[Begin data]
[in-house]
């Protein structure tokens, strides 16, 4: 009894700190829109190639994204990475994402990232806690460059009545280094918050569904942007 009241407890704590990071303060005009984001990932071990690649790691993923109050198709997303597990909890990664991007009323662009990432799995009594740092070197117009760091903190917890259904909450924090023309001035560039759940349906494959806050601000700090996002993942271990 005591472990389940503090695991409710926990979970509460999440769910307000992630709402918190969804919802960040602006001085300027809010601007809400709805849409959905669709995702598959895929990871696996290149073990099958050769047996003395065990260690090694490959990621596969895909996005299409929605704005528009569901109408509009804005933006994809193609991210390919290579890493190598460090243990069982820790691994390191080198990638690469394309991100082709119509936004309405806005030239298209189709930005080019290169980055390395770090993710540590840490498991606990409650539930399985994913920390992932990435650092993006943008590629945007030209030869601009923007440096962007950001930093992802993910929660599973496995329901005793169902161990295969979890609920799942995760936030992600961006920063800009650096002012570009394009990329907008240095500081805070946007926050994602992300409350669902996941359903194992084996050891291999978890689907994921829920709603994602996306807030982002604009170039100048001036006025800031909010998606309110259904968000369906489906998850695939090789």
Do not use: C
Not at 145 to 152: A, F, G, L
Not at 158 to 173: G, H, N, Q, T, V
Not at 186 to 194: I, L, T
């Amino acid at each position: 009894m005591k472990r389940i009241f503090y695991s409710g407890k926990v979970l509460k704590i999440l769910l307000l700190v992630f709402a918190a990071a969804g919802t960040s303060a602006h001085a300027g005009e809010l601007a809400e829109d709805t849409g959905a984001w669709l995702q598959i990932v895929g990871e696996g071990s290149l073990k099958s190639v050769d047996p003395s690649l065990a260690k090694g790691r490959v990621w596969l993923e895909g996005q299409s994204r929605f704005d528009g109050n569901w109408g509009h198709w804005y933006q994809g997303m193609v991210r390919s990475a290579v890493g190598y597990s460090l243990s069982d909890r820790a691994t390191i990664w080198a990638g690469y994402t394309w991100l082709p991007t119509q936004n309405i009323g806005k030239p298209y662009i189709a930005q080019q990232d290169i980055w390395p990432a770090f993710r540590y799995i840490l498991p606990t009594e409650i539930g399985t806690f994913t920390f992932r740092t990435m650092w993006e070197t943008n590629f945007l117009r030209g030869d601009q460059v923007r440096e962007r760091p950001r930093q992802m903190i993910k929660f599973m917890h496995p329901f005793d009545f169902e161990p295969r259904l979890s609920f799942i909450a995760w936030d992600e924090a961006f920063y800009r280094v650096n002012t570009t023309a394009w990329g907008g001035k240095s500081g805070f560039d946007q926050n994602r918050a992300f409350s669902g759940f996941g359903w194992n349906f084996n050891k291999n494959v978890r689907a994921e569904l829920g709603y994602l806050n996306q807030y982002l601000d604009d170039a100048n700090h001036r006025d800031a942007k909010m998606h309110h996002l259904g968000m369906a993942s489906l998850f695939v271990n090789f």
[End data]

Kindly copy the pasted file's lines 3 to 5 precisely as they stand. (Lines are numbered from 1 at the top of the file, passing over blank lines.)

Do not use: C
Not at 145 to 152: A, F, G, L
Not at 158 to 173: G, H, N, Q, T, V